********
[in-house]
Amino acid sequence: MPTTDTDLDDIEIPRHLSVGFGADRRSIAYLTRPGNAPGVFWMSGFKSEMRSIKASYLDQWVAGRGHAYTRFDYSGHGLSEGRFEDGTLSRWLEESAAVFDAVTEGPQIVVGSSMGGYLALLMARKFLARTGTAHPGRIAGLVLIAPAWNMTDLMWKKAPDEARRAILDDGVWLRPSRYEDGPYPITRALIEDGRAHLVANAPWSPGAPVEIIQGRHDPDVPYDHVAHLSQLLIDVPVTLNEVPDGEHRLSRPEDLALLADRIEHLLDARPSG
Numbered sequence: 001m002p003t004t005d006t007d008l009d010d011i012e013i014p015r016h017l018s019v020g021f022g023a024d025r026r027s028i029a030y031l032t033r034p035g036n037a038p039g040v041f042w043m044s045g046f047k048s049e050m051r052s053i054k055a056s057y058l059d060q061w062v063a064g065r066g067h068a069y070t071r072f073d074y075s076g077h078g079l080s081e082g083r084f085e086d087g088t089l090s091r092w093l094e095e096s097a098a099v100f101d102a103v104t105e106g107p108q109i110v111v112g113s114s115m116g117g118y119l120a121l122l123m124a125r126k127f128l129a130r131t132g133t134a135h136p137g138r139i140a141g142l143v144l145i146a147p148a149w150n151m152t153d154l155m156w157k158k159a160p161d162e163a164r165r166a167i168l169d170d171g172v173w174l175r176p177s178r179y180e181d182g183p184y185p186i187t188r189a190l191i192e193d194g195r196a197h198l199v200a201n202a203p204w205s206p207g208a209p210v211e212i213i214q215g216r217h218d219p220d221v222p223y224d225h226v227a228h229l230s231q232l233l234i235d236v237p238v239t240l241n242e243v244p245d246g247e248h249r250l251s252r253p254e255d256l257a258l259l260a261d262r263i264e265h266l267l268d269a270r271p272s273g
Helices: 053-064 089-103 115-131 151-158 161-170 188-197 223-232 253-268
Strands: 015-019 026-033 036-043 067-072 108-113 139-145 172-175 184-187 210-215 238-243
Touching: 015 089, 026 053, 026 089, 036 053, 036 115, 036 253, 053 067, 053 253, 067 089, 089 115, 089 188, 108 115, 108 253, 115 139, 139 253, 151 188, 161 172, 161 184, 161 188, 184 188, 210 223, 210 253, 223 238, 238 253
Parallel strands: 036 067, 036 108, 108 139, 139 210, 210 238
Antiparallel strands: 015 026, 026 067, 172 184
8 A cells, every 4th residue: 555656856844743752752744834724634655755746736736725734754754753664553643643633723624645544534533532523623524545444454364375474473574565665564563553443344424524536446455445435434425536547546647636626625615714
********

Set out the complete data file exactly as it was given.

[in-house]
Amino acid sequence: MPTTDTDLDDIEIPRHLSVGFGADRRSIAYLTRPGNAPGVFWMSGFKSEMRSIKASYLDQWVAGRGHAYTRFDYSGHGLSEGRFEDGTLSRWLEESAAVFDAVTEGPQIVVGSSMGGYLALLMARKFLARTGTAHPGRIAGLVLIAPAWNMTDLMWKKAPDEARRAILDDGVWLRPSRYEDGPYPITRALIEDGRAHLVANAPWSPGAPVEIIQGRHDPDVPYDHVAHLSQLLIDVPVTLNEVPDGEHRLSRPEDLALLADRIEHLLDARPSG
Numbered sequence: 001m002p003t004t005d006t007d008l009d010d011i012e013i014p015r016h017l018s019v020g021f022g023a024d025r026r027s028i029a030y031l032t033r034p035g036n037a038p039g040v041f042w043m044s045g046f047k048s049e050m051r052s053i054k055a056s057y058l059d060q061w062v063a064g065r066g067h068a069y070t071r072f073d074y075s076g077h078g079l080s081e082g083r084f085e086d087g088t089l090s091r092w093l094e095e096s097a098a099v100f101d102a103v104t105e106g107p108q109i110v111v112g113s114s115m116g117g118y119l120a121l122l123m124a125r126k127f128l129a130r131t132g133t134a135h136p137g138r139i140a141g142l143v144l145i146a147p148a149w150n151m152t153d154l155m156w157k158k159a160p161d162e163a164r165r166a167i168l169d170d171g172v173w174l175r176p177s178r179y180e181d182g183p184y185p186i187t188r189a190l191i192e193d194g195r196a197h198l199v200a201n202a203p204w205s206p207g208a209p210v211e212i213i214q215g216r217h218d219p220d221v222p223y224d225h226v227a228h229l230s231q232l233l234i235d236v237p238v239t240l241n242e243v244p245d246g247e248h249r250l251s252r253p254e255d256l257a258l259l260a261d262r263i264e265h266l267l268d269a270r271p272s273g
Helices: 053-064 089-103 115-131 151-158 161-170 188-197 223-232 253-268
Strands: 015-019 026-033 036-043 067-072 108-113 139-145 172-175 184-187 210-215 238-243
Touching: 015 089, 026 053, 026 089, 036 053, 036 115, 036 253, 053 067, 053 253, 067 089, 089 115, 089 188, 108 115, 108 253, 115 139, 139 253, 151 188, 161 172, 161 184, 161 188, 184 188, 210 223, 210 253, 223 238, 238 253
Parallel strands: 036 067, 036 108, 108 139, 139 210, 210 238
Antiparallel strands: 015 026, 026 067, 172 184
8 A cells, every 4th residue: 555656856844743752752744834724634655755746736736725734754754753664553643643633723624645544534533532523623524545444454364375474473574565665564563553443344424524536446455445435434425536547546647636626625615714